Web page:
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Summary of the Results:In total, 25 different game formats from 2-on-2 to 5-on-5 (male and female, U8 – U14) on 1/8 of the ice surface to full ice were analyzed. The results of the study show that the number of players and the size of the playing surface have an impact on player activity during the game. Less players on the ice per shift increases the amount of actions, game intensity and flow as well as the overall involvement in the game action of each individual player. Naturally, this also means that the total activity per player decreases with an increased number of players.
A downsized playing surface has a positive effect on the number of actions, problem solving, decision-making, technical skating and overall player involvement. Every player is active in 2-on-2 and 3-on-3 games. Smaller rink size supports the development of both, stronger and weaker players. The stronger players are more challenged while the weaker players are closer to puck and game action.
The study results furthermore indicate increase of the following:
On 1/3 compared to full ice:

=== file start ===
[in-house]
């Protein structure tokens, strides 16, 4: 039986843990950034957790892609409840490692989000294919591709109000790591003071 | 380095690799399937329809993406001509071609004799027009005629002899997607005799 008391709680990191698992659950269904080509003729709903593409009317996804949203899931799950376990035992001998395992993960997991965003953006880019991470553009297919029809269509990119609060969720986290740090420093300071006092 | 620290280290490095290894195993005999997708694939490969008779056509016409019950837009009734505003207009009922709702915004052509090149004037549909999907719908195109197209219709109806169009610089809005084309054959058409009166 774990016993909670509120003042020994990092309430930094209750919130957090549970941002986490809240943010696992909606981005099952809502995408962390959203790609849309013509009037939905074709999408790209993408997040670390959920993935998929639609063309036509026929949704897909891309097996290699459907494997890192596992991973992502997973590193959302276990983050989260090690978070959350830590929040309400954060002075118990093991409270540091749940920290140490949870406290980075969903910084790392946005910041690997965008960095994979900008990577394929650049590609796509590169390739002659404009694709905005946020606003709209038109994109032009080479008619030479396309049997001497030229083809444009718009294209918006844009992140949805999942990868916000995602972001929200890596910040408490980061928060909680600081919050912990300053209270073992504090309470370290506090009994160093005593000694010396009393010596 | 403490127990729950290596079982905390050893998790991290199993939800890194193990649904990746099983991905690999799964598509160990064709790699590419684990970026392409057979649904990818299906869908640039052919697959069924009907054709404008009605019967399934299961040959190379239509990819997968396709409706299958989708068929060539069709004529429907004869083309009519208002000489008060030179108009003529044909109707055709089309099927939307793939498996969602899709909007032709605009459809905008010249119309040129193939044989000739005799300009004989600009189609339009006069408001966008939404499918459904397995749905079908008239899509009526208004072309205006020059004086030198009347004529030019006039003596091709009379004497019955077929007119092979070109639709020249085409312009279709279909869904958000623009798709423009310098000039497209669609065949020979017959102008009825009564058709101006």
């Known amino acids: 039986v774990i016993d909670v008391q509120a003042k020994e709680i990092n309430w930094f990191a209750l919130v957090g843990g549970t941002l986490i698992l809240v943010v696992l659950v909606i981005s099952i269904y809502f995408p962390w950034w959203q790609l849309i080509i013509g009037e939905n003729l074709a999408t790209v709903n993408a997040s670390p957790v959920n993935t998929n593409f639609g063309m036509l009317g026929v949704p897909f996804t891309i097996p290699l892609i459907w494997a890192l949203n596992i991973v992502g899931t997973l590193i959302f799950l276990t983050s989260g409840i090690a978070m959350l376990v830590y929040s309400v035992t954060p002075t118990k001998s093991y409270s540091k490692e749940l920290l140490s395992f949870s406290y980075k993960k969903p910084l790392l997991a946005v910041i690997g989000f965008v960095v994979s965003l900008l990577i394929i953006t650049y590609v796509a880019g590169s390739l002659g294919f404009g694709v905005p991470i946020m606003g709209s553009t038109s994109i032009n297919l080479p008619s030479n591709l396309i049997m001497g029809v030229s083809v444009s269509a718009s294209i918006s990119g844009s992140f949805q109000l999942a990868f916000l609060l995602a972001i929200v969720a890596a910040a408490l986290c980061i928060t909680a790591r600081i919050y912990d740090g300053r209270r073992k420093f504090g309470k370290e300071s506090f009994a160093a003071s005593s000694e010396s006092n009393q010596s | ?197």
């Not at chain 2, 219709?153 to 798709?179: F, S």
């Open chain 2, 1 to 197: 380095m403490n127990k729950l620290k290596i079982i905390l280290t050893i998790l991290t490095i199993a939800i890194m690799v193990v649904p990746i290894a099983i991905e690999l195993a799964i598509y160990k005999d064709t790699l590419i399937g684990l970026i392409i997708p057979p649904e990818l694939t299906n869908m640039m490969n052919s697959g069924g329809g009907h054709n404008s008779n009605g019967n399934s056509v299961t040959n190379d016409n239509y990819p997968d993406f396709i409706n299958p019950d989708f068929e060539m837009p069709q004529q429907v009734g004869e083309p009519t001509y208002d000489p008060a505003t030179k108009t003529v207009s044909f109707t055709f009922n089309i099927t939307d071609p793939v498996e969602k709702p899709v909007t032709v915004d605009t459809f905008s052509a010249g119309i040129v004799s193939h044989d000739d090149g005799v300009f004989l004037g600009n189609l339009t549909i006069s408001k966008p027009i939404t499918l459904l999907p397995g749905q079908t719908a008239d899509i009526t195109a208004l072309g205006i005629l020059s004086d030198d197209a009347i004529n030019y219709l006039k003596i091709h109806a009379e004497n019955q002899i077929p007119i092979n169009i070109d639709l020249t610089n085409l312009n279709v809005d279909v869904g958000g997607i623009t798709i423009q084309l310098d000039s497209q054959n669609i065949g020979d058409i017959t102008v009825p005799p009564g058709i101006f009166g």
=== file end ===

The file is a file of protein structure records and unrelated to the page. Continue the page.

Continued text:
|Shots and shot attempts:||increase of up to 5x|
|Passes and pass attempts:||increase of up to 2.5x|
The study further concludes that, to support player development appropriately, one should use different game formats during training.
Best game formats:
2-on-2 on 1/4 of the ice North South
2-on-2 on 1/8 of the ice
2-on-2 and 3-on-3 1/2 ice long
2-on-2 and 3-on-3 on 1/6
3-on-3 on 1/4
The traditional 5-on-5 game format on full ice seems to be the least beneficial game format for player involvement and game time optimization.
Coaches have a vital role in practice planning and execution. They are to develop each player through ever changing practice environments and to tailor to the needs of each player, taking the player involvement and learning opportunities from the games into consideration. Practices play an important role in a player’s ice hockey skill development.